I've been wanting to go hydraulic on my Willard, and I've been interested in going Di2 (1x11). Eventually, I'll invest in a nicer frame, and the Willard will be a commuter built out of spare parts. I'm not adverse to making a few modifications (ie. Drilling a few holes), but don't want to get carried away. I'll go with the new GRX rd, and whatever I can find the best deal on for shifters/calipers. I'm guessing it's no big deal to have 2x11 shifters and just not use one of them (or, I've discovered, have one side used to switch screens on a Garmin?). What I'm most interested in is the wiring/battery to tie it all together. I'd love to have the battery in the seat post as a start. I welcome any input. Thanks!
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I have, with a fair amount of hacking, done a couple 'mostly' internal Di2 jobs on a couple of bikes.  Both frames had internal cable routing already, so I didn't have to drill any holes into the frames.

My builds were a Spot Rally aluminum and a Kona Jake aluminum, both 1x11 Di2 Ultegra.  Battery in the seatpost, careful wiring of power down and into the bottom bracket shell.  Carefully thread your power and control wires down the downtube via the opening inside the headtube.  Those two wires, your batter power wire and your rd control wire all meet near the water bottle mount with a 2x2 junction box inside the downtube.  It's a good idea to wrap that junction box with a bit of foam sheet to minimize bouncing around inside the frame.  I also secured strings to the cables and the box so that I could pull them back out without jacking up the Di2 wires.  I taped the ends of the strings to the inside of the headtube for retrieval. 

Depending on your frame the RD wire can go inside the driveside chainstay and pop out where your shifting cable would be, or can drop out at the BB shell and get taped along the underside of the chainstay.  Cover it with a chainstay protector to shield it from slicing.

I notched out a groove at the front of the stem neck, at the bottom edge where the face plate meets.  Make enough space for a couple of wires to enter and exit.  Then shove the main 'brain' box into the stem neck.  Wires from the shifter went under the bar tape and into the stem via the groove.  Wires back out were taped to the brake line and fed into the frame's existing internal wire ports on the downtube.

The end result is quite clean, but the main drawback is that you need to remove your bars every time you want to access the brain for charging, etc.  Looks way better than having your brain dangling on the underside of your stem.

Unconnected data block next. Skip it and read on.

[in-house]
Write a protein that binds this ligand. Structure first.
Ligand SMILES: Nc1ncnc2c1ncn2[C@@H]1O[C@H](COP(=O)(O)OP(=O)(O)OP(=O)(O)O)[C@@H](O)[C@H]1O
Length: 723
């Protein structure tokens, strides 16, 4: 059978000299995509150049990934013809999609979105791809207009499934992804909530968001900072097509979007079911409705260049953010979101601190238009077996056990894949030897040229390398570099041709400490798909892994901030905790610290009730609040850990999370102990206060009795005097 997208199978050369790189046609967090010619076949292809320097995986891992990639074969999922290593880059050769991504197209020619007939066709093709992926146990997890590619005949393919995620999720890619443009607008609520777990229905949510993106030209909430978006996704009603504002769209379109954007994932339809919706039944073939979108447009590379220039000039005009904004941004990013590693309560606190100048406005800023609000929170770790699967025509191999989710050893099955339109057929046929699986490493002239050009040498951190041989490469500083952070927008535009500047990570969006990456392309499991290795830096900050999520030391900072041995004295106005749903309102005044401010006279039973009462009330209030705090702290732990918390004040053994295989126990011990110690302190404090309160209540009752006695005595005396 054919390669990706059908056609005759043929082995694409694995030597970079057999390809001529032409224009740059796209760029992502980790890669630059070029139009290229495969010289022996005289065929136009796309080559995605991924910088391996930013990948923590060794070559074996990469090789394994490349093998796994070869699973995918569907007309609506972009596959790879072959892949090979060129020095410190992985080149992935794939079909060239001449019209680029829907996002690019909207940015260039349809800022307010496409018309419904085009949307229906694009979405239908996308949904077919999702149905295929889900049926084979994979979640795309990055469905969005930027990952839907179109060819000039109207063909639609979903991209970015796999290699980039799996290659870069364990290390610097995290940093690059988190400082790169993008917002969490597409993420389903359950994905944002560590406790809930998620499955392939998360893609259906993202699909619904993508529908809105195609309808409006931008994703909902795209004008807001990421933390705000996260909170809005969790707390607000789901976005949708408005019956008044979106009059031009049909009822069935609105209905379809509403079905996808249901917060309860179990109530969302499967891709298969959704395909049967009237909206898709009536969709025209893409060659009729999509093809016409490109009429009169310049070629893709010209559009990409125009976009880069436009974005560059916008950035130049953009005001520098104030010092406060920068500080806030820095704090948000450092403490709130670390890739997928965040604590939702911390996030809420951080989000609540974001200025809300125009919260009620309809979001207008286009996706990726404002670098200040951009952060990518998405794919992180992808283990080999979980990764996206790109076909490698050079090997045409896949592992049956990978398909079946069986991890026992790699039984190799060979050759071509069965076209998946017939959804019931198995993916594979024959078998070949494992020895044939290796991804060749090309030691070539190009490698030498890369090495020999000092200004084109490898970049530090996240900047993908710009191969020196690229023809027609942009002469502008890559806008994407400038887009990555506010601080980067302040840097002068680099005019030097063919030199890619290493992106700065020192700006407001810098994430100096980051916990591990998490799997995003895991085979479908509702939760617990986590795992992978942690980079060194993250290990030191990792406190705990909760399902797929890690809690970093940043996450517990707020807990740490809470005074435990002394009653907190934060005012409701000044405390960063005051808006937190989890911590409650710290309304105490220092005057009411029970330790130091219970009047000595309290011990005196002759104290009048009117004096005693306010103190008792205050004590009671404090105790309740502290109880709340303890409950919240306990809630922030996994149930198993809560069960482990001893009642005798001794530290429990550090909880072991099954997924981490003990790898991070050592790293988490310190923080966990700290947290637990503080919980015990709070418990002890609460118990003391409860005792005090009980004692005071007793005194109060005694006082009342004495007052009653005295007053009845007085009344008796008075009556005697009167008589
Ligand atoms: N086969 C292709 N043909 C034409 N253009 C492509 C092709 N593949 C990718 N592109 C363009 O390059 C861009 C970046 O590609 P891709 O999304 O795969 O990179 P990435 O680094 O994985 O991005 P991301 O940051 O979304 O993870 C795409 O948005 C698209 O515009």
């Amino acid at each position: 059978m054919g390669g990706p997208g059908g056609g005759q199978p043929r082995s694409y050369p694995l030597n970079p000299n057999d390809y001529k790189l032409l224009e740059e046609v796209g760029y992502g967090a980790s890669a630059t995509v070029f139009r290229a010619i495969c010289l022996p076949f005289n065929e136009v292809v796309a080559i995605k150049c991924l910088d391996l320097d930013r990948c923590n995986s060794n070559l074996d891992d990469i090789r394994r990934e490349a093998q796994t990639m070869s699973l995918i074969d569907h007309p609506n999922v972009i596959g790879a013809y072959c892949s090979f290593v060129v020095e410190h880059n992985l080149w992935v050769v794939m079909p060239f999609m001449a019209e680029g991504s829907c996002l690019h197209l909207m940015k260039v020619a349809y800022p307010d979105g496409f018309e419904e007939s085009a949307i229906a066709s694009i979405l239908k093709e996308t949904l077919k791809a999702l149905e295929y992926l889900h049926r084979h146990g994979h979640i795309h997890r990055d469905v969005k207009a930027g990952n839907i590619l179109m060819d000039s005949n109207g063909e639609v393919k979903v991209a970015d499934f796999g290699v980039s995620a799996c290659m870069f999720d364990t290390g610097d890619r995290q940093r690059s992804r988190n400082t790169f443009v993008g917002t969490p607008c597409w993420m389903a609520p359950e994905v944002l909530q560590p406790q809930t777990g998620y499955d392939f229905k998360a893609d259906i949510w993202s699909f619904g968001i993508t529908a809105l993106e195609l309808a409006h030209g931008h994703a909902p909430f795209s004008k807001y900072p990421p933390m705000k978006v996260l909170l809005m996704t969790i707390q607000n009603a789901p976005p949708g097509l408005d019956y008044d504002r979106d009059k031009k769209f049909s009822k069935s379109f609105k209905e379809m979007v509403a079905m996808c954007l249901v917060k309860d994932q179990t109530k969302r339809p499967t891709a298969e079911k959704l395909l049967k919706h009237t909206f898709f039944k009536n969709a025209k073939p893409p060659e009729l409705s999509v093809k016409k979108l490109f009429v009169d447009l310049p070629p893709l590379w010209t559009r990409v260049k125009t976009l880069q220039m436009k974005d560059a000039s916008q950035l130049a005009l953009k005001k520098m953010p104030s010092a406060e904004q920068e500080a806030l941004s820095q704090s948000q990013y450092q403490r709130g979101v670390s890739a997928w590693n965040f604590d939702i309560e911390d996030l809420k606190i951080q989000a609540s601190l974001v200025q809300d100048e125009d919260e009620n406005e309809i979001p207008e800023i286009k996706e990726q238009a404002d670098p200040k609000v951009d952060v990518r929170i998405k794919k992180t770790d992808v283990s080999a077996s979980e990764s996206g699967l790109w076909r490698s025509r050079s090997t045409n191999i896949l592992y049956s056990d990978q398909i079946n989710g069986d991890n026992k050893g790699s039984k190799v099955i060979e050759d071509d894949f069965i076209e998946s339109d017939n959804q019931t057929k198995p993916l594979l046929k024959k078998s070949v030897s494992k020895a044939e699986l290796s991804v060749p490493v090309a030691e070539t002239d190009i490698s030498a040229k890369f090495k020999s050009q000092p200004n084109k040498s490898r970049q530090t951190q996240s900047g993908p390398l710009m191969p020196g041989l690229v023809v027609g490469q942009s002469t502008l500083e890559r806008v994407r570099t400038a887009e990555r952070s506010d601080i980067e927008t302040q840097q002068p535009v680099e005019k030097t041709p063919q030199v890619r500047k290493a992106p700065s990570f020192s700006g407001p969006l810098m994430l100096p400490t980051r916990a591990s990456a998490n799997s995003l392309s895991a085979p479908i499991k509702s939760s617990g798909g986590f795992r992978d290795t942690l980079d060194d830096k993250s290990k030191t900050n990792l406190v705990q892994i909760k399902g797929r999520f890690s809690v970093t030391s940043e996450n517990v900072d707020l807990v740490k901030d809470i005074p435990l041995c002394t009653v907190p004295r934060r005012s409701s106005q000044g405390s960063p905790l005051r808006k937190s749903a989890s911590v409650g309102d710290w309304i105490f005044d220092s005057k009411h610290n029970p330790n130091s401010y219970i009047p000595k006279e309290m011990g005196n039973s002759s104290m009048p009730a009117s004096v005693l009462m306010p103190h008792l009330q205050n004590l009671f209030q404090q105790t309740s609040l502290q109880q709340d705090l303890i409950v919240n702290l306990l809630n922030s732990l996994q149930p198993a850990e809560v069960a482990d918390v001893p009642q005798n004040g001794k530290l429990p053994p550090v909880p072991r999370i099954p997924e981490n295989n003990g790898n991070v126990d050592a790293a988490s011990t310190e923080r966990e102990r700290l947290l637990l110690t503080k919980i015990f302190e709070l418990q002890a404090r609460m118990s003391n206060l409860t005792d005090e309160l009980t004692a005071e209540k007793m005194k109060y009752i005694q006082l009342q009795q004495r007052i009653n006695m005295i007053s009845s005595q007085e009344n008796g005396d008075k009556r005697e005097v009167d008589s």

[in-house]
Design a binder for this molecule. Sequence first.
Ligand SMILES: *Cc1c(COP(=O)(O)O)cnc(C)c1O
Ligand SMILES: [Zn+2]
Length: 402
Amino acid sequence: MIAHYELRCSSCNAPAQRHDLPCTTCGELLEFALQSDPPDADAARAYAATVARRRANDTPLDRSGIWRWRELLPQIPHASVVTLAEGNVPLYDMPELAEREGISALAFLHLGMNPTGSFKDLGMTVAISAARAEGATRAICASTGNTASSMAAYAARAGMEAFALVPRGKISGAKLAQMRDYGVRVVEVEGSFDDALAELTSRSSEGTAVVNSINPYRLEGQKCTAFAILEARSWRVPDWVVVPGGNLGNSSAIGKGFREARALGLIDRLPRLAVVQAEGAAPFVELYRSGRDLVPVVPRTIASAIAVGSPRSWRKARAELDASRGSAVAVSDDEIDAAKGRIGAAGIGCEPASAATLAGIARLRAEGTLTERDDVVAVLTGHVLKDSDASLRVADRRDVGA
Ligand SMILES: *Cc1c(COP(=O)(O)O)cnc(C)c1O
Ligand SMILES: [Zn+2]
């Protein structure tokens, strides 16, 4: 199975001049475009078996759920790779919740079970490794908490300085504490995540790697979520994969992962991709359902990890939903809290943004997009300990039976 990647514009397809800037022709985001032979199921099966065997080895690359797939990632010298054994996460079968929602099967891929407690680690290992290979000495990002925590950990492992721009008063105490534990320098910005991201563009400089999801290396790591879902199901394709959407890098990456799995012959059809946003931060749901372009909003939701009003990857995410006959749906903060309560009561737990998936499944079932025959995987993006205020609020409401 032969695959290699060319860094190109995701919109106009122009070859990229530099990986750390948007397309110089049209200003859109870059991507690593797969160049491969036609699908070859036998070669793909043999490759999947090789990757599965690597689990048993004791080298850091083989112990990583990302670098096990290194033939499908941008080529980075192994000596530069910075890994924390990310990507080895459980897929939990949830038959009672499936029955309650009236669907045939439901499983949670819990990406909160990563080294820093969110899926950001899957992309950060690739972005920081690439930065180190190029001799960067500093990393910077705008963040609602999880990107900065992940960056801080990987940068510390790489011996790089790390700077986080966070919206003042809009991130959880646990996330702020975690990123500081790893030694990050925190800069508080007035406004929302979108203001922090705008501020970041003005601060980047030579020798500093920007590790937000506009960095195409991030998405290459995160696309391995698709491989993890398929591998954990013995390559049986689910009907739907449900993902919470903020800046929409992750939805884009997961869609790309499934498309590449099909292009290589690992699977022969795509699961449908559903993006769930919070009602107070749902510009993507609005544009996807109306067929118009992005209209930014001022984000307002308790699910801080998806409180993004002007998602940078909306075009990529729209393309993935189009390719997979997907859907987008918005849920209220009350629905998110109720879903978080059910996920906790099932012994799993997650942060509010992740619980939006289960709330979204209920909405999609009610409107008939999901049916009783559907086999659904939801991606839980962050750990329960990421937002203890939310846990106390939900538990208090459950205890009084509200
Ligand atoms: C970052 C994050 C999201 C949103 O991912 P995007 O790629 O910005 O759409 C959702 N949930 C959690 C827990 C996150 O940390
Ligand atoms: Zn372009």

Remember to leave enough cable on the end of your battery bunched into the seat tube so that you can pull the whole seatpost assembly out without disconnecting or pinching the wires at any point.  I also put a pull string on the battery just in case it slipped out of the seat post and fell into the frame.

My frames were not large enough, but another option is to put the battery in the steertube of your fork.  Just cut a couple of small notches in the expansion plug and run the wires out of the top of your stem stack a'la a Pro Tharsis style stem.

Be mindful of how your protect your wires within the bottom bracket shell.  I did all the wiring before installing a slit piece of thin plastic pipe from a plumbing job to ensure that the wires were always held up against the frame, never rubbing against the crank spindle.

The only other place where you might have to drill/cut is that access hole where the downtube meets the head tube.  You have to be able to fit a small 2x2 junction box (and foam wrap) through that hole.  It may need to be expanded a bit.

Pictures sure would be helpful, but I can't find them at the moment.  They might be at home.  I'll look for them if anyone might find them useful.
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Why not add a to enable charging without having to pull any components out? Will need a hole in the handle bar but as long as you’re not drilling into a carbon bar you should be fine.
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I've simplified the process by buying a Trek Boone frame that's Di2 ready. :^)
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